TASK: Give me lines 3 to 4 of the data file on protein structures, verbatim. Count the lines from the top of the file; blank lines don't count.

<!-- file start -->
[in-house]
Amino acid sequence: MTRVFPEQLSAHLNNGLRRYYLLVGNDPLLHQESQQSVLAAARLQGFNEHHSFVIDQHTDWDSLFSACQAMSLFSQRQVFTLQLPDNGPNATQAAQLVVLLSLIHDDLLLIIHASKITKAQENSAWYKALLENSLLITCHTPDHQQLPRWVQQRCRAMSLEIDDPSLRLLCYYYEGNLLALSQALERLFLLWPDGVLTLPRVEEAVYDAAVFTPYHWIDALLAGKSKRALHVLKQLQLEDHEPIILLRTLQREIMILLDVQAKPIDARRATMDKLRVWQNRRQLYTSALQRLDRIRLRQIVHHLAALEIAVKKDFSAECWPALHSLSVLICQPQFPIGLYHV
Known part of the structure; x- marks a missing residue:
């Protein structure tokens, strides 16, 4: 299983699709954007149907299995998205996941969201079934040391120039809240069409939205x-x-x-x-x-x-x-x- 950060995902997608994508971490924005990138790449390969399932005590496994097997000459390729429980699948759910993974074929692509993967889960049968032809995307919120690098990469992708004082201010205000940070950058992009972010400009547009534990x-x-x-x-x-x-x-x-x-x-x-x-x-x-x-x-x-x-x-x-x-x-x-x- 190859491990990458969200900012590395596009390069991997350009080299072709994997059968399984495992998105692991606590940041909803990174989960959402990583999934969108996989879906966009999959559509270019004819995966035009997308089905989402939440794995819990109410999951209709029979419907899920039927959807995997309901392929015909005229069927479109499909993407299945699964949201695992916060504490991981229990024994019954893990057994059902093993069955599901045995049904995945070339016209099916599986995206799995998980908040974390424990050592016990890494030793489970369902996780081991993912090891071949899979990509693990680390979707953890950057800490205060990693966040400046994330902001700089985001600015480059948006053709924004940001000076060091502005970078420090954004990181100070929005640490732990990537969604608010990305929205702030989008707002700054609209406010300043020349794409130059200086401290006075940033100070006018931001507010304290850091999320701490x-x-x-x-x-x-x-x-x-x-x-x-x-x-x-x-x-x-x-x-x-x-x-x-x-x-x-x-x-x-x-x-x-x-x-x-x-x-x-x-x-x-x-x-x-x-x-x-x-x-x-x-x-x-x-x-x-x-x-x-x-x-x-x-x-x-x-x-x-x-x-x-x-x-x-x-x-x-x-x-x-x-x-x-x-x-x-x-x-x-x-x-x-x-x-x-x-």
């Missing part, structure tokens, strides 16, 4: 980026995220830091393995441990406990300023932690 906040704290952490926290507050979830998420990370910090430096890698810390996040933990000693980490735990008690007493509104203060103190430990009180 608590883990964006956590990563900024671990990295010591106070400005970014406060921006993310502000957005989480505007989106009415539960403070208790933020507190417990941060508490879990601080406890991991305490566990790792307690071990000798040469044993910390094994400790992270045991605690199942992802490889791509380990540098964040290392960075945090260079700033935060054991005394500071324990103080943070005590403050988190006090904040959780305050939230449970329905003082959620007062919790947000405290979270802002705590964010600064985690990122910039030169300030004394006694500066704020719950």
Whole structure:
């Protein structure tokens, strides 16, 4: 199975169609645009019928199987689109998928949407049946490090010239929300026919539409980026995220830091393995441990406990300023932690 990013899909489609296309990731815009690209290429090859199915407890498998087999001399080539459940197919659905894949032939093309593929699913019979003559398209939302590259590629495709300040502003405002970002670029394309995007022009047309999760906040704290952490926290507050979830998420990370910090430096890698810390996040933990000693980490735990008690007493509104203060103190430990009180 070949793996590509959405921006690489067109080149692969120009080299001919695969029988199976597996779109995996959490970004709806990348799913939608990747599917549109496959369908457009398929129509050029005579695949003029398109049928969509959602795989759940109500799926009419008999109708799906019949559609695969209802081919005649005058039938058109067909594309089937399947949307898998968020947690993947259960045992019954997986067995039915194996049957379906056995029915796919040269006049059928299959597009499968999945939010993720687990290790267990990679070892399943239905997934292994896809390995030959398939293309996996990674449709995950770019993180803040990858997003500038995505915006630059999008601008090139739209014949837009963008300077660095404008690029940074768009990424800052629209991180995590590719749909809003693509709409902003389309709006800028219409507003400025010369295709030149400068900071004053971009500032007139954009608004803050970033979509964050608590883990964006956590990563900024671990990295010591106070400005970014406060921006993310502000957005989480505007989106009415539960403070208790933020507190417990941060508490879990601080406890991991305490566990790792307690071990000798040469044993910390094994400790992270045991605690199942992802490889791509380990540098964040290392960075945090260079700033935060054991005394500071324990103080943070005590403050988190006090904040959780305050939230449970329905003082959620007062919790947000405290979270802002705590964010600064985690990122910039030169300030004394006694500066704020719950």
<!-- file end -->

Known part of the structure; x- marks a missing residue:
């Protein structure tokens, strides 16, 4: 299983699709954007149907299995998205996941969201079934040391120039809240069409939205x-x-x-x-x-x-x-x- 950060995902997608994508971490924005990138790449390969399932005590496994097997000459390729429980699948759910993974074929692509993967889960049968032809995307919120690098990469992708004082201010205000940070950058992009972010400009547009534990x-x-x-x-x-x-x-x-x-x-x-x-x-x-x-x-x-x-x-x-x-x-x-x- 190859491990990458969200900012590395596009390069991997350009080299072709994997059968399984495992998105692991606590940041909803990174989960959402990583999934969108996989879906966009999959559509270019004819995966035009997308089905989402939440794995819990109410999951209709029979419907899920039927959807995997309901392929015909005229069927479109499909993407299945699964949201695992916060504490991981229990024994019954893990057994059902093993069955599901045995049904995945070339016209099916599986995206799995998980908040974390424990050592016990890494030793489970369902996780081991993912090891071949899979990509693990680390979707953890950057800490205060990693966040400046994330902001700089985001600015480059948006053709924004940001000076060091502005970078420090954004990181100070929005640490732990990537969604608010990305929205702030989008707002700054609209406010300043020349794409130059200086401290006075940033100070006018931001507010304290850091999320701490x-x-x-x-x-x-x-x-x-x-x-x-x-x-x-x-x-x-x-x-x-x-x-x-x-x-x-x-x-x-x-x-x-x-x-x-x-x-x-x-x-x-x-x-x-x-x-x-x-x-x-x-x-x-x-x-x-x-x-x-x-x-x-x-x-x-x-x-x-x-x-x-x-x-x-x-x-x-x-x-x-x-x-x-x-x-x-x-x-x-x-x-x-x-x-x-x-």